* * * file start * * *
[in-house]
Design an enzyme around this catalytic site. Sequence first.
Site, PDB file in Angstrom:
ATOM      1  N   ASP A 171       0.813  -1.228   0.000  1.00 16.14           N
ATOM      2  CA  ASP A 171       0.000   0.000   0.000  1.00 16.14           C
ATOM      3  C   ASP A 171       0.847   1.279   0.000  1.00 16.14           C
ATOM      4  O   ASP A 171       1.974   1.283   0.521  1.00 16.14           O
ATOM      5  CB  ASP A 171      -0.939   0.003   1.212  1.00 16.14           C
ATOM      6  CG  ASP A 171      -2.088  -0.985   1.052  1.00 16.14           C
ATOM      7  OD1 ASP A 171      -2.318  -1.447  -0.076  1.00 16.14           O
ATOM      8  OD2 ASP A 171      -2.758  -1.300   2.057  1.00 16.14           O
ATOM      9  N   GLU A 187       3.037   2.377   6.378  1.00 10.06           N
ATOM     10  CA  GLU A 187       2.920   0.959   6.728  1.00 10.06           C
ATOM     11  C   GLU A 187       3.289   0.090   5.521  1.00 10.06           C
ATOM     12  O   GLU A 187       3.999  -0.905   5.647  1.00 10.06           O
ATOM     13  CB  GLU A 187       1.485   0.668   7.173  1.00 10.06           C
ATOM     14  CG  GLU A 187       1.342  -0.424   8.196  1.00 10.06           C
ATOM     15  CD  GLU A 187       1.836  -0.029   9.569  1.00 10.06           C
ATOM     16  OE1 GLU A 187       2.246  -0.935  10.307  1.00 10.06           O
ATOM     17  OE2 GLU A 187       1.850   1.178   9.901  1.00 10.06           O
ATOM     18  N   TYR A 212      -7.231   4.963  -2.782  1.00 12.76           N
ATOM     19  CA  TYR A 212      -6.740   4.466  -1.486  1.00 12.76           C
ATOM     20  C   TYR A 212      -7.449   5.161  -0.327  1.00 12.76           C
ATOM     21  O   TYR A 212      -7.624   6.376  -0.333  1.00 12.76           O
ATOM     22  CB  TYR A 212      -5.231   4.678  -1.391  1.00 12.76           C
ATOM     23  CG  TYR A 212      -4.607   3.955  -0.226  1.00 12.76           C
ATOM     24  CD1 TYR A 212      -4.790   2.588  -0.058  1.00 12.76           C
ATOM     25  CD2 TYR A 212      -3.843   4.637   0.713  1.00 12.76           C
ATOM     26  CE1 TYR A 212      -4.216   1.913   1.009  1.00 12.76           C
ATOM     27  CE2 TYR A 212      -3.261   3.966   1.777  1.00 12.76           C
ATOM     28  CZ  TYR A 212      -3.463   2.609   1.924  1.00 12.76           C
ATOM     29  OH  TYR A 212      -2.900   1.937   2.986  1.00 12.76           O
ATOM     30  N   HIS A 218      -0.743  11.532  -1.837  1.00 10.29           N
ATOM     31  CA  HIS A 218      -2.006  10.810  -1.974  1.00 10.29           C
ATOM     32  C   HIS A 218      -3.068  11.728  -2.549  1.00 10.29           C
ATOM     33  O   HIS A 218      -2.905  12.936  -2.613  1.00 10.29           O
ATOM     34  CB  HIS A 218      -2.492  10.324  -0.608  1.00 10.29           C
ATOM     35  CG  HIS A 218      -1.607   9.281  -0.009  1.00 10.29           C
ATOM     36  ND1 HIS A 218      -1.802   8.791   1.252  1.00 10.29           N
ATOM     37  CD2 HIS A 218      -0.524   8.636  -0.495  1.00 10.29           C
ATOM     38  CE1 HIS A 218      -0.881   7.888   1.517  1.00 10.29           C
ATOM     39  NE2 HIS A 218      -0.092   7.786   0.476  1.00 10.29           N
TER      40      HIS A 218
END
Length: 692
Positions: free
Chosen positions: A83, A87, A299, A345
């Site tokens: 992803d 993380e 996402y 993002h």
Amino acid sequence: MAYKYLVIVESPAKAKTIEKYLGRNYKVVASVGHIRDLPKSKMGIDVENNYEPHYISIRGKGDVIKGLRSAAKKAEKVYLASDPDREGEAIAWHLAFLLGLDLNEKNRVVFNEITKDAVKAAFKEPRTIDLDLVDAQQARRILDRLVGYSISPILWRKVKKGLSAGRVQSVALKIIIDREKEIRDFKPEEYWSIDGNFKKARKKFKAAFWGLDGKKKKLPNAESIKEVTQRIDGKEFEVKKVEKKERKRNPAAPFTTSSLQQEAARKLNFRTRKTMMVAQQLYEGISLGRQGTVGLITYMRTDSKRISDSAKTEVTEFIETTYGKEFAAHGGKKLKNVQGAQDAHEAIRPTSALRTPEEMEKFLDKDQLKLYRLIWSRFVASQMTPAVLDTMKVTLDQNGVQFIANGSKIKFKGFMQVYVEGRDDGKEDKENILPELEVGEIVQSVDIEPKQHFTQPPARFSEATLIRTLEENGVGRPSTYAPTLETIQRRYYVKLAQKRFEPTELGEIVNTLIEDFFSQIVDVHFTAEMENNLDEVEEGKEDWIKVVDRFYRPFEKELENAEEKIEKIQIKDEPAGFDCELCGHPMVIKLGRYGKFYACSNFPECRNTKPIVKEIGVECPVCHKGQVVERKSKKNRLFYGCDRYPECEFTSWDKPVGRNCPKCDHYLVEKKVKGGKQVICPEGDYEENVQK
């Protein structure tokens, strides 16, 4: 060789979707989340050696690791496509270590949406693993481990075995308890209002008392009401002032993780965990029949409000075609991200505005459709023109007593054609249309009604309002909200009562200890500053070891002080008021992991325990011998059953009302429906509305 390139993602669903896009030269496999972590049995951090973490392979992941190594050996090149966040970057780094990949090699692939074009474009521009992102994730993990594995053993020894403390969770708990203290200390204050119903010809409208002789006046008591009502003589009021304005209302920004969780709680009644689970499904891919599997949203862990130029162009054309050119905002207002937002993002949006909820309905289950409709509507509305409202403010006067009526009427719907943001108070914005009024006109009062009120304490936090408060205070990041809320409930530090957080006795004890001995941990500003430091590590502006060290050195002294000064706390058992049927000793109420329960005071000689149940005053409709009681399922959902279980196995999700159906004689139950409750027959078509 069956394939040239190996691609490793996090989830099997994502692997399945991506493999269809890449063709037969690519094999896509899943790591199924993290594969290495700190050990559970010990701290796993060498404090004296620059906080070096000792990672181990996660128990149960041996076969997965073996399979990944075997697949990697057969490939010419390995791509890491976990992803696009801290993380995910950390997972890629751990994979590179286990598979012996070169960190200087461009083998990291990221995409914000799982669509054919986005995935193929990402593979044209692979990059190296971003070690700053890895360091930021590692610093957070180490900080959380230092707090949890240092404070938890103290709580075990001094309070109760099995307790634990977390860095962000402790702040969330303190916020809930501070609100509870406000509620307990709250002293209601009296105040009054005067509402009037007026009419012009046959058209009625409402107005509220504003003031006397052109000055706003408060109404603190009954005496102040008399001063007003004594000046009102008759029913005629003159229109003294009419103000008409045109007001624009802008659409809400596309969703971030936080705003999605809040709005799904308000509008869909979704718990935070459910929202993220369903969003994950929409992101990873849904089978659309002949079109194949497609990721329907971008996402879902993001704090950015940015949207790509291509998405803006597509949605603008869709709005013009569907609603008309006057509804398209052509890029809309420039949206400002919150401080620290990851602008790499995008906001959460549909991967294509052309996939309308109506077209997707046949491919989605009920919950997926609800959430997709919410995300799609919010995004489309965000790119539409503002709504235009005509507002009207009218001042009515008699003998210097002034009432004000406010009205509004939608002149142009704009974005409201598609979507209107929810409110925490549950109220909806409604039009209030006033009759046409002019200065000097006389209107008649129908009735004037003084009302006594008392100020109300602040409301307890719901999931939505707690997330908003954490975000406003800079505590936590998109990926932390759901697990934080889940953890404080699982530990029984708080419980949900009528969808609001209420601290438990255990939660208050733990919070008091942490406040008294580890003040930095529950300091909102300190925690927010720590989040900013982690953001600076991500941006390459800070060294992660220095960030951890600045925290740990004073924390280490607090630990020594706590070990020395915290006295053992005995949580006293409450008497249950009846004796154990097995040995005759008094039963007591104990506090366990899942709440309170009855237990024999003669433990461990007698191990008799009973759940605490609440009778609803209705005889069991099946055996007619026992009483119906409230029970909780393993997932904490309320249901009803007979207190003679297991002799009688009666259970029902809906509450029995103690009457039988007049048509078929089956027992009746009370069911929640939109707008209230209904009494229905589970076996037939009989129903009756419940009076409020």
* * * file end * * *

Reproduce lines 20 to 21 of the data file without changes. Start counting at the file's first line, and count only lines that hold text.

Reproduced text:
ATOM     17  OE2 GLU A 187       1.850   1.178   9.901  1.00 10.06           O
ATOM     18  N   TYR A 212      -7.231   4.963  -2.782  1.00 12.76           N